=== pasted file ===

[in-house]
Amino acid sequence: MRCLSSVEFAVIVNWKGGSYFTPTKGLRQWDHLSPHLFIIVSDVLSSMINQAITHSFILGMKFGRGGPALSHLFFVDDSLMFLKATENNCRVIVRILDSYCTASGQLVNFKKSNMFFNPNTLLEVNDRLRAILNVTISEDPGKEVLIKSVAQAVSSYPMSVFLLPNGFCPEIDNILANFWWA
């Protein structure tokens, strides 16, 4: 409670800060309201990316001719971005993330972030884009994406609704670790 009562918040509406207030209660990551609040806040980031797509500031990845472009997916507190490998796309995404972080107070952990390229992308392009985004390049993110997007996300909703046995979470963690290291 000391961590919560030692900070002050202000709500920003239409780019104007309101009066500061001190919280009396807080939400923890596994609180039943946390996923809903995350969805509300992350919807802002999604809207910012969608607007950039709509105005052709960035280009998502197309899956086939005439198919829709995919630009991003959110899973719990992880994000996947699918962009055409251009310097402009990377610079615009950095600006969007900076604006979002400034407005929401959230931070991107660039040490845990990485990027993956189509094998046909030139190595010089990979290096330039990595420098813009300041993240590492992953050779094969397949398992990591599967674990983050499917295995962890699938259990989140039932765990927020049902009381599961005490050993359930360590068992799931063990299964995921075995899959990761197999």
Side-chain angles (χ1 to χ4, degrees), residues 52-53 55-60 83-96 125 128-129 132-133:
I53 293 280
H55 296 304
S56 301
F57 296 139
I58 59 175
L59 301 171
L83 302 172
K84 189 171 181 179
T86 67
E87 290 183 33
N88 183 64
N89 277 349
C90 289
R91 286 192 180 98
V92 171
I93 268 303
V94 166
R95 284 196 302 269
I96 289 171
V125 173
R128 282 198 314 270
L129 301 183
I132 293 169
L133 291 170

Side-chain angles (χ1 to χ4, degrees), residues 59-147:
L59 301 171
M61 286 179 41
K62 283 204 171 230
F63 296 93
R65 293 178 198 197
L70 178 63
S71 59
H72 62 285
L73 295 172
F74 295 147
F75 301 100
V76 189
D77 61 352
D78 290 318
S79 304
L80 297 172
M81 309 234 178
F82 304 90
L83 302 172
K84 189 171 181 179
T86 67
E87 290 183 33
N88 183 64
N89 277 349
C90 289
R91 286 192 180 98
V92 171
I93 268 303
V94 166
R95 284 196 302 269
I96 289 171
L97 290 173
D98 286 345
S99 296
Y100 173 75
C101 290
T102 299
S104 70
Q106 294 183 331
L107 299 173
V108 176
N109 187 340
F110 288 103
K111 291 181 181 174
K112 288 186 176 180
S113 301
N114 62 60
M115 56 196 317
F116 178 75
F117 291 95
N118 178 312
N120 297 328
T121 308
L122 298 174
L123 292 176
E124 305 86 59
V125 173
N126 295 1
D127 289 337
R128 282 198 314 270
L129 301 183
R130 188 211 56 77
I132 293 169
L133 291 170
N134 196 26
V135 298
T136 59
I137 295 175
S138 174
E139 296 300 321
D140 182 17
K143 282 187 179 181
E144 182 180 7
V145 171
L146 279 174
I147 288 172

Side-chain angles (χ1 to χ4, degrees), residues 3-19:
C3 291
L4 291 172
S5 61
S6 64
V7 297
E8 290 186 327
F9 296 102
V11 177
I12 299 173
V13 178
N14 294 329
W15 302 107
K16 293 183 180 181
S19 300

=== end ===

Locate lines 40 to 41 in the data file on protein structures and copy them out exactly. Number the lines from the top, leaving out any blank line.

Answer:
F75 301 100
V76 189